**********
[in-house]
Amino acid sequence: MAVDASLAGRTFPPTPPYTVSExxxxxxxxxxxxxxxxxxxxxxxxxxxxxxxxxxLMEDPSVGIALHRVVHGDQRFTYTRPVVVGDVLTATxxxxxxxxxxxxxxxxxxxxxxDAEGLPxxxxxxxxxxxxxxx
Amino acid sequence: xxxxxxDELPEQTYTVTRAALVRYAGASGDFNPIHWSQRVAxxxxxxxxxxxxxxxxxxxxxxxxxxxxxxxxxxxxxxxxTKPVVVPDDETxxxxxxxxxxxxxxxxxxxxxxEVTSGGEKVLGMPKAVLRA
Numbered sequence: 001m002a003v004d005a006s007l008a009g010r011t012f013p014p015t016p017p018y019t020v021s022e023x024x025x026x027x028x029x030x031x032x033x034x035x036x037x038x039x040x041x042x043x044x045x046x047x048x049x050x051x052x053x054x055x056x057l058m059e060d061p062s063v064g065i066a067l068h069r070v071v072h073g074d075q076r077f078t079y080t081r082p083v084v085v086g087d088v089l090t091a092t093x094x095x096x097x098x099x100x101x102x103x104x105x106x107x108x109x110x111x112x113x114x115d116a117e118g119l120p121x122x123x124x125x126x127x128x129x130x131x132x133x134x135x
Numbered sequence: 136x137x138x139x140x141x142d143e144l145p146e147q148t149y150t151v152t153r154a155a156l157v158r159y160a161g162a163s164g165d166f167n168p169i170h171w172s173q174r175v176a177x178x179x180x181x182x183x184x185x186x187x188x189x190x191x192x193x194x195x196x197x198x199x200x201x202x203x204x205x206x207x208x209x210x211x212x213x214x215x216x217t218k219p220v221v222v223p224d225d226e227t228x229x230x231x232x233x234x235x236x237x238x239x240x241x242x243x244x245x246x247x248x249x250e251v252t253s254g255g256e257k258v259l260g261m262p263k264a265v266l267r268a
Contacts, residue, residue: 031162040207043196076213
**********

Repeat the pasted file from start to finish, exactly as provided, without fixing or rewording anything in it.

[in-house]
Amino acid sequence: MAVDASLAGRTFPPTPPYTVSExxxxxxxxxxxxxxxxxxxxxxxxxxxxxxxxxxLMEDPSVGIALHRVVHGDQRFTYTRPVVVGDVLTATxxxxxxxxxxxxxxxxxxxxxxDAEGLPxxxxxxxxxxxxxxx
Amino acid sequence: xxxxxxDELPEQTYTVTRAALVRYAGASGDFNPIHWSQRVAxxxxxxxxxxxxxxxxxxxxxxxxxxxxxxxxxxxxxxxxTKPVVVPDDETxxxxxxxxxxxxxxxxxxxxxxEVTSGGEKVLGMPKAVLRA
Numbered sequence: 001m002a003v004d005a006s007l008a009g010r011t012f013p014p015t016p017p018y019t020v021s022e023x024x025x026x027x028x029x030x031x032x033x034x035x036x037x038x039x040x041x042x043x044x045x046x047x048x049x050x051x052x053x054x055x056x057l058m059e060d061p062s063v064g065i066a067l068h069r070v071v072h073g074d075q076r077f078t079y080t081r082p083v084v085v086g087d088v089l090t091a092t093x094x095x096x097x098x099x100x101x102x103x104x105x106x107x108x109x110x111x112x113x114x115d116a117e118g119l120p121x122x123x124x125x126x127x128x129x130x131x132x133x134x135x
Numbered sequence: 136x137x138x139x140x141x142d143e144l145p146e147q148t149y150t151v152t153r154a155a156l157v158r159y160a161g162a163s164g165d166f167n168p169i170h171w172s173q174r175v176a177x178x179x180x181x182x183x184x185x186x187x188x189x190x191x192x193x194x195x196x197x198x199x200x201x202x203x204x205x206x207x208x209x210x211x212x213x214x215x216x217t218k219p220v221v222v223p224d225d226e227t228x229x230x231x232x233x234x235x236x237x238x239x240x241x242x243x244x245x246x247x248x249x250e251v252t253s254g255g256e257k258v259l260g261m262p263k264a265v266l267r268a
Contacts, residue, residue: 031162040207043196076213